Basically, the ethos behind the Nordic model is that because so many of the women interviewed spoke about this need to separate their core being from what they were doing in order to cope, it was intrinsic evidence of the psychological damage being caused by the act of selling one’s body.  The conclusion of the research was that prostitution is a form of violence, that buying people for sex is wrong, and no matter which way one looks at it, it cannot be viewed as simply another transaction.  The sexual act, the giving of one’s body for physical gratification is such an intimate, personal experience, that reducing it to the handing over of cold, hard cash from a complete stranger where emotions and feelings are cut out of the picture with the precision of a surgeon’s knife, cannot but result in damage to one’s psyche. 

Following her initial statements, Ms Cutajar was then quoting as saying that, “no decision has been taken on this issue” and stressed that there was no intention to legalise brothels. But then she went on to reiterate that “we need to develop our piece of legislation, rather than copying one model or the other,” and that the position would remain the same as it is today, i.e. the client would not be committing a crime, which seems to confirm that Malta would not be adopting the Nordic model.  

And while I agree when she said that prostitution is a reality, and that sex workers should be given as much assistance as possible, I beg to differ with her statement that for some “it is a choice”.  As much as we would like to “romanticise” the industry with images of the Julia Roberts’ character in Pretty Woman who is swept away from the ugly side of things by a rich man who falls in love with her, the truth is more gritty than that.  Similarly, attempts to try and make sex workers seem like some kind of empowered, feminist role models who are completely in charge of their own sexuality and who are willingly and consciously making money out of their assets, just do not wash. 

Even if I try to imagine a high class call girl who works out of her own luxurious apartment which she has paid for herself, who has no pimp exploiting her, and who chooses her ‘johns’ selectively, when you boil it down to its brass tacks – what she is doing remains the same. Selling herself, her core being, for cash.  Stripped away from all the glamour of her lush surroundings, she is no different from a down-and-out hooker who scrambles up the rickety steps of a sleazy apartment building every few hours with a new client in tow.   One can try and make the former seem less of a soul sucking experience than the latter, but the basic act remains the same.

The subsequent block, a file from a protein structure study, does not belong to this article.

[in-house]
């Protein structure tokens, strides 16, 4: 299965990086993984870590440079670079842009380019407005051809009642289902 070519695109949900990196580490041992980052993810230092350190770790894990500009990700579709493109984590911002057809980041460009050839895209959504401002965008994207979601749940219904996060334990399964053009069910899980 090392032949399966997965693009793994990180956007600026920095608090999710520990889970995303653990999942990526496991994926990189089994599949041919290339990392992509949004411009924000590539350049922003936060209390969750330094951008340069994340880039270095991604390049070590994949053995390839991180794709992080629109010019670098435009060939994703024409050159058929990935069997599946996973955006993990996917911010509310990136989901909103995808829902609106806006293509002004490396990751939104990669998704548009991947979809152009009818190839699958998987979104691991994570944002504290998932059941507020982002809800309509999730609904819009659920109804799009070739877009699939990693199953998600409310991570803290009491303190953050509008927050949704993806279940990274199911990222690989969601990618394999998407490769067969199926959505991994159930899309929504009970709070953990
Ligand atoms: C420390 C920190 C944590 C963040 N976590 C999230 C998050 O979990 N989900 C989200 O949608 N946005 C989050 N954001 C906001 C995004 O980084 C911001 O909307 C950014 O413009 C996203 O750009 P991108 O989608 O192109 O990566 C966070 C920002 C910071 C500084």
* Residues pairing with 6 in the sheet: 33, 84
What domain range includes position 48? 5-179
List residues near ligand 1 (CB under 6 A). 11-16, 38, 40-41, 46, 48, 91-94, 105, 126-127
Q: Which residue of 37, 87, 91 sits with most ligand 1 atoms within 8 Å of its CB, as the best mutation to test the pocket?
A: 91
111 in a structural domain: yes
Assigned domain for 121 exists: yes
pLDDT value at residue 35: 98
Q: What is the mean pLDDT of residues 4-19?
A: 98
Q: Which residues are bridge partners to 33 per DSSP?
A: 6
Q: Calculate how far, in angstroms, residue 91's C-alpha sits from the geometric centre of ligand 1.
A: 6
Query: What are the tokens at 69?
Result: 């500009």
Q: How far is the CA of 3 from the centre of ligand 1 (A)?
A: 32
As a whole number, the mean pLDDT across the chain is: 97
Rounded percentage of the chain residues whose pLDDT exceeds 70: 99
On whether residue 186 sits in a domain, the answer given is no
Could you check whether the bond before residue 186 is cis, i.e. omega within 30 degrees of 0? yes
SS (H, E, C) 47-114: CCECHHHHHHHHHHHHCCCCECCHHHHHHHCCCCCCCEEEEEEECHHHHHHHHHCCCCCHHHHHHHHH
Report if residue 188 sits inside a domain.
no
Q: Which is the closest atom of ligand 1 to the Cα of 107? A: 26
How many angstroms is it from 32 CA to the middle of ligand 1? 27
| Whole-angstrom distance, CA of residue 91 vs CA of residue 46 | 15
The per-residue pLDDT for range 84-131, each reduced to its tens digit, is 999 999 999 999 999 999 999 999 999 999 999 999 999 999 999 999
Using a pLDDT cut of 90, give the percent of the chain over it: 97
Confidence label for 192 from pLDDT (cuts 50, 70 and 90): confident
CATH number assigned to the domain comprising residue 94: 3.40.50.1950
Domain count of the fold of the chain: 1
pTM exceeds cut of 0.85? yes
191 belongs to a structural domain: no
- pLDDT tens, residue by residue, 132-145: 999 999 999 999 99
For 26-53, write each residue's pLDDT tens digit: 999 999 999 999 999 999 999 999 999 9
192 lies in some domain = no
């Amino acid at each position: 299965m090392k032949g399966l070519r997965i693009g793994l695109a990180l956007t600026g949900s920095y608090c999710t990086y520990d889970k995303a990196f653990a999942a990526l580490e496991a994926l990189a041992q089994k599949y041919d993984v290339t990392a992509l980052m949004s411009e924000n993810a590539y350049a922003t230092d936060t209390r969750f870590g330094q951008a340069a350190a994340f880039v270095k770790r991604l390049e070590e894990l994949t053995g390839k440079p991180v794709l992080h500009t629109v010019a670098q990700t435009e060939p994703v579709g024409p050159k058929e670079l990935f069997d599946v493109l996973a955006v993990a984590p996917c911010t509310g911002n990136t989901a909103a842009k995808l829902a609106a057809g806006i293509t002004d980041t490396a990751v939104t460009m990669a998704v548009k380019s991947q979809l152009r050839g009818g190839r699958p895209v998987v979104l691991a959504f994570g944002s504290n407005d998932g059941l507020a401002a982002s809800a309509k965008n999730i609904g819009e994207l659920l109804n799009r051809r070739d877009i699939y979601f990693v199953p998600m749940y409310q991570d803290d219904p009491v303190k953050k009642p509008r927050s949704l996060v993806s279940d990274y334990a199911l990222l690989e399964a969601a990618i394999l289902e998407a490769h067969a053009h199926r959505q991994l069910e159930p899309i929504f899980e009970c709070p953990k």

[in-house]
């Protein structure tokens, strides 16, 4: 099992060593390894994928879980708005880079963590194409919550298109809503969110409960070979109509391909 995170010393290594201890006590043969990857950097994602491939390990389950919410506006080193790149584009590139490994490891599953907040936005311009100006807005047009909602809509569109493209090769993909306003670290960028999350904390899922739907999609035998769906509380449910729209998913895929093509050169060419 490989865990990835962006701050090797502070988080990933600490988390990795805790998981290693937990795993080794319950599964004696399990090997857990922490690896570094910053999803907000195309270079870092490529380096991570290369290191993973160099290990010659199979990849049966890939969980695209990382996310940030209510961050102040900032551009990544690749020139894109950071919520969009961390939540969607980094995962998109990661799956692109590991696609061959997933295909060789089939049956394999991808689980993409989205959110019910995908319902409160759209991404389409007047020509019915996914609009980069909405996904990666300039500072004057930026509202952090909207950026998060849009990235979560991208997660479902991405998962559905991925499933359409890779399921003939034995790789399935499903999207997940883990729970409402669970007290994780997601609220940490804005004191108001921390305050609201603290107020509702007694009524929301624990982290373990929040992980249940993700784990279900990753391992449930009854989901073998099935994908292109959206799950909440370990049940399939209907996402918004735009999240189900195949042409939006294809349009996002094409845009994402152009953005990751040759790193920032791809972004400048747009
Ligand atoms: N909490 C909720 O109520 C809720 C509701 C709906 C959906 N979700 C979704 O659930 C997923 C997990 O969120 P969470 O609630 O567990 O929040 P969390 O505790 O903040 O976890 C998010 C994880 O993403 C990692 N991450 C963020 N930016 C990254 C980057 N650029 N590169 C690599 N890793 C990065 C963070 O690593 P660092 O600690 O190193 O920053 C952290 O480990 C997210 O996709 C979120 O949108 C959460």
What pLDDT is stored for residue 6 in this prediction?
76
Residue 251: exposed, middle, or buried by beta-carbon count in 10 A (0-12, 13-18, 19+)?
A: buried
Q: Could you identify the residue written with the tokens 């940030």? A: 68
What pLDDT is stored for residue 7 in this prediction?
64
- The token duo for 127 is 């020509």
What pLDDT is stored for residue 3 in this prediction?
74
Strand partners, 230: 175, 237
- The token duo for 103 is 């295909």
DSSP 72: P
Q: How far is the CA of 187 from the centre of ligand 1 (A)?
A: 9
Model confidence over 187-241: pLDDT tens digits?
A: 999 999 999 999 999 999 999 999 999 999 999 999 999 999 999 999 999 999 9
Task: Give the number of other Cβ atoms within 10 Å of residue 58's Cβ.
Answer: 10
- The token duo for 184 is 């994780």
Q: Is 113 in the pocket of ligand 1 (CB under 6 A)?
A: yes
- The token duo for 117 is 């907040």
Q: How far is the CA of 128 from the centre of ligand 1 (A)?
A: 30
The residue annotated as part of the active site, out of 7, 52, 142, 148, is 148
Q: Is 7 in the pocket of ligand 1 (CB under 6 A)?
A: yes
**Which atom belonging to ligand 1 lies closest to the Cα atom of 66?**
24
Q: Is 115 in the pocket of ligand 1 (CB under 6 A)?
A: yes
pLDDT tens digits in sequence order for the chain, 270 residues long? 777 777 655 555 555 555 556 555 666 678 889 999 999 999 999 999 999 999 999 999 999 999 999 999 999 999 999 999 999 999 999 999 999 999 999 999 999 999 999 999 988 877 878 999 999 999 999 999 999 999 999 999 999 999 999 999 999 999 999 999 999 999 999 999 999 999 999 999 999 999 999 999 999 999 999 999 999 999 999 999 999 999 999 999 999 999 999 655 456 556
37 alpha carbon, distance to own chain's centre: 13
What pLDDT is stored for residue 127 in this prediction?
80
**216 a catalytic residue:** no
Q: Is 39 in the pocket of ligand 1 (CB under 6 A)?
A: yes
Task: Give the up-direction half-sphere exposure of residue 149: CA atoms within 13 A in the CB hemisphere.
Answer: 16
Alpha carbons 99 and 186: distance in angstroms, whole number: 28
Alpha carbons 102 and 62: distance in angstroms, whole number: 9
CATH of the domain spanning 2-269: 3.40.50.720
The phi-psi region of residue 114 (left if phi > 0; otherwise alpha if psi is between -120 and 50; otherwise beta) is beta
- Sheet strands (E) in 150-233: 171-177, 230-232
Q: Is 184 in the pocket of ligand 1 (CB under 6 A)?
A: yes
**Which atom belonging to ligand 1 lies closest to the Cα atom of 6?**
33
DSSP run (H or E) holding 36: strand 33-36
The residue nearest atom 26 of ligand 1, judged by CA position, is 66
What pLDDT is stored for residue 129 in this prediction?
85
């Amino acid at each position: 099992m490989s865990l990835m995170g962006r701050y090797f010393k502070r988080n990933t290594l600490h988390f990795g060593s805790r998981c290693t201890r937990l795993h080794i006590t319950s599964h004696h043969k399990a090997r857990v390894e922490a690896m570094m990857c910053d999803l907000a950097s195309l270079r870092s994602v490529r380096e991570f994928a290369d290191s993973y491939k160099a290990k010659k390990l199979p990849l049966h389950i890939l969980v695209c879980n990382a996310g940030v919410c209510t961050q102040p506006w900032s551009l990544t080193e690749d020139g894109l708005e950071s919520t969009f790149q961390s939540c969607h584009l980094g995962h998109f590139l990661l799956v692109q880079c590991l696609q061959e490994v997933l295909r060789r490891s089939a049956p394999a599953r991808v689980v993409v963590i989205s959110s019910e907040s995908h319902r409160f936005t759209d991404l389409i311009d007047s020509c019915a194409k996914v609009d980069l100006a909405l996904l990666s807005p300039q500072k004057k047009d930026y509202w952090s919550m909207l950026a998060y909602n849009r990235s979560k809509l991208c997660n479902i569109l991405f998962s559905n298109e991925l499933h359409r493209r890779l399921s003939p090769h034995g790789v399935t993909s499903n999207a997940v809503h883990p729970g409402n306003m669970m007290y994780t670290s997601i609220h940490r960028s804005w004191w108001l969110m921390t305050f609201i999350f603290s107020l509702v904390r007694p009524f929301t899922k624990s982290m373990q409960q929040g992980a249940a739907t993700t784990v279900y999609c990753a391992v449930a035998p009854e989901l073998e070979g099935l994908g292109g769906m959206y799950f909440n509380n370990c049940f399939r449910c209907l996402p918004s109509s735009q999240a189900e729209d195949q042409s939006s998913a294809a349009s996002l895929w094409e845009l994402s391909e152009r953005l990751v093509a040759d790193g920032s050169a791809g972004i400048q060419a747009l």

My main problem with Ms Cutajar’s belief that someone who pays for sex should not be criminalised is because we are already living in a society where human life has become much too dispensable and cheap.  Children are routinely sexually abused, women are smacked around and murdered in fits of rage,  third country nationals are used as slave labour and those who are desperate for employment accept miserable wages and appalling living conditions.  We already have brothels in disguise in the form of Chinese massage parlours, we already have girls pole dancing in gentleman’s clubs, and we have often heard stories of women brought to Malta under false pretences who are then forced into prostitution.  As long as the vulnerable exist, there will be those who are unscrupulous, who will try to take advantage and use them and abuse them. But why do we persist in making it easier for this to happen? Why are we not aiming for a Maltese society where human beings, especially  women, are respected and valued and not treated as interchangeable pieces of meat, existing solely to gratify sexual urges?  Why do we persist in appealing to the worst possible aspects of human nature?   

Honestly, I find it hard to believe that anyone sets out in life to be a prostitute, especially in the long-term. Even though the lure of easy money may sound more enticing than a boring minimum wage job, there will come a day when one wakes up and has to face in the cold light of day the grimness of what one does for a living.  Buying someone for sex should not be dismissed as if it is nothing more than buying a plastic sex doll. We need to work towards elevating the way society looks at a woman and not continue to grind her down, stripping her of her worth, reducing her to a cheap product, whose price is negotiable and whose very spirit and humanity has been crushed.